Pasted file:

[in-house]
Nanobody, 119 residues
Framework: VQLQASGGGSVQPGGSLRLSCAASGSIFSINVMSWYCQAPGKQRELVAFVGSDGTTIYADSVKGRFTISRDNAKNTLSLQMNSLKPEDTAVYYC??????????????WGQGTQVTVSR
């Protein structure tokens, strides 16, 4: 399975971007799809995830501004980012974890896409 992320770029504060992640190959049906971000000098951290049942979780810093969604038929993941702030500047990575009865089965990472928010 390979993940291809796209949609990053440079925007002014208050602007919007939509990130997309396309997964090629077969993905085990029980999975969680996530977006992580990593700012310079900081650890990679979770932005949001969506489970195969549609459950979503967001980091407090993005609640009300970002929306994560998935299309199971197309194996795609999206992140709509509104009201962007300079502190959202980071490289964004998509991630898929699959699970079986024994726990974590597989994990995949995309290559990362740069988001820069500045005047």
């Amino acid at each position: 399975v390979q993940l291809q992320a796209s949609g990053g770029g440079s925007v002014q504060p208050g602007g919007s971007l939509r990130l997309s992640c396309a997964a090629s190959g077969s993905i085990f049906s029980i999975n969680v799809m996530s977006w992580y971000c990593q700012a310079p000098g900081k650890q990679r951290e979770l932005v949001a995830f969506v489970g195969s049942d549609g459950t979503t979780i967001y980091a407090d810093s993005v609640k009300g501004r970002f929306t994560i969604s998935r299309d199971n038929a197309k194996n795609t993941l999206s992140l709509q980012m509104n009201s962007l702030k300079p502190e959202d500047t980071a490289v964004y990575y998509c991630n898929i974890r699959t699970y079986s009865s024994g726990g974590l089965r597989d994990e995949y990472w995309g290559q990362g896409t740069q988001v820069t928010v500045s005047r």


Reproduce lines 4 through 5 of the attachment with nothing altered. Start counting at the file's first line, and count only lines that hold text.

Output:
């Protein structure tokens, strides 16, 4: 399975971007799809995830501004980012974890896409 992320770029504060992640190959049906971000000098951290049942979780810093969604038929993941702030500047990575009865089965990472928010 390979993940291809796209949609990053440079925007002014208050602007919007939509990130997309396309997964090629077969993905085990029980999975969680996530977006992580990593700012310079900081650890990679979770932005949001969506489970195969549609459950979503967001980091407090993005609640009300970002929306994560998935299309199971197309194996795609999206992140709509509104009201962007300079502190959202980071490289964004998509991630898929699959699970079986024994726990974590597989994990995949995309290559990362740069988001820069500045005047």
């Amino acid at each position: 399975v390979q993940l291809q992320a796209s949609g990053g770029g440079s925007v002014q504060p208050g602007g919007s971007l939509r990130l997309s992640c396309a997964a090629s190959g077969s993905i085990f049906s029980i999975n969680v799809m996530s977006w992580y971000c990593q700012a310079p000098g900081k650890q990679r951290e979770l932005v949001a995830f969506v489970g195969s049942d549609g459950t979503t979780i967001y980091a407090d810093s993005v609640k009300g501004r970002f929306t994560i969604s998935r299309d199971n038929a197309k194996n795609t993941l999206s992140l709509q980012m509104n009201s962007l702030k300079p502190e959202d500047t980071a490289v964004y990575y998509c991630n898929i974890r699959t699970y079986s009865s024994g726990g974590l089965r597989d994990e995949y990472w995309g290559q990362g896409t740069q988001v820069t928010v500045s005047r």